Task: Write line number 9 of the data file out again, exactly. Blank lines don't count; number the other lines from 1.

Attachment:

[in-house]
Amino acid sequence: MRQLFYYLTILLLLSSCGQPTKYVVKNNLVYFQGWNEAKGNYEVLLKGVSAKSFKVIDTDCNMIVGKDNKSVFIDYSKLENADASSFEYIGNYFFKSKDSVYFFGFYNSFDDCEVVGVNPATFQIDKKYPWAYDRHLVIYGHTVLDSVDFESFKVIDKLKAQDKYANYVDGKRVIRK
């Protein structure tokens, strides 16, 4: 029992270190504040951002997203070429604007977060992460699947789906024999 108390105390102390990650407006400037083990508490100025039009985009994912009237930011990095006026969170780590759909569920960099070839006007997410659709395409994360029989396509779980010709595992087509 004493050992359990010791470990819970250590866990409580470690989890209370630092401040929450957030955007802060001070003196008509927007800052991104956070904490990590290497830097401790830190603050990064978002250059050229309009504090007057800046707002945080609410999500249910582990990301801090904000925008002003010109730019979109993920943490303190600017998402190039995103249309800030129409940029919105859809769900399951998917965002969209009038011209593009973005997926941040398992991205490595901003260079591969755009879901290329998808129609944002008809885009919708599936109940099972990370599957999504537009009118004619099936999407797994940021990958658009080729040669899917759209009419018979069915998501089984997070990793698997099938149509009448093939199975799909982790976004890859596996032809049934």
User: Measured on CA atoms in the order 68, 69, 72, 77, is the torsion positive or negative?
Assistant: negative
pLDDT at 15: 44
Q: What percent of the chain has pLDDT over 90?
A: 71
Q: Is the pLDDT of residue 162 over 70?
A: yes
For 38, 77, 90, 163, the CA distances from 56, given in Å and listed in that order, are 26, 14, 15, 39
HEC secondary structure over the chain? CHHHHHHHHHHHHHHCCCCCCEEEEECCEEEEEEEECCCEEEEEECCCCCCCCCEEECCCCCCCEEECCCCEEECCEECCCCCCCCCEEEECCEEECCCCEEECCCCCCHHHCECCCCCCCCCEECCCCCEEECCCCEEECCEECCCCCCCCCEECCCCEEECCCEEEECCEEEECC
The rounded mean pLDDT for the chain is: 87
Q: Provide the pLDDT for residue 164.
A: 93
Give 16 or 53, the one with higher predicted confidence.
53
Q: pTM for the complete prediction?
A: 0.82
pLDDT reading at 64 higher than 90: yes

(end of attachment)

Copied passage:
Q: Is the pLDDT of residue 162 over 70?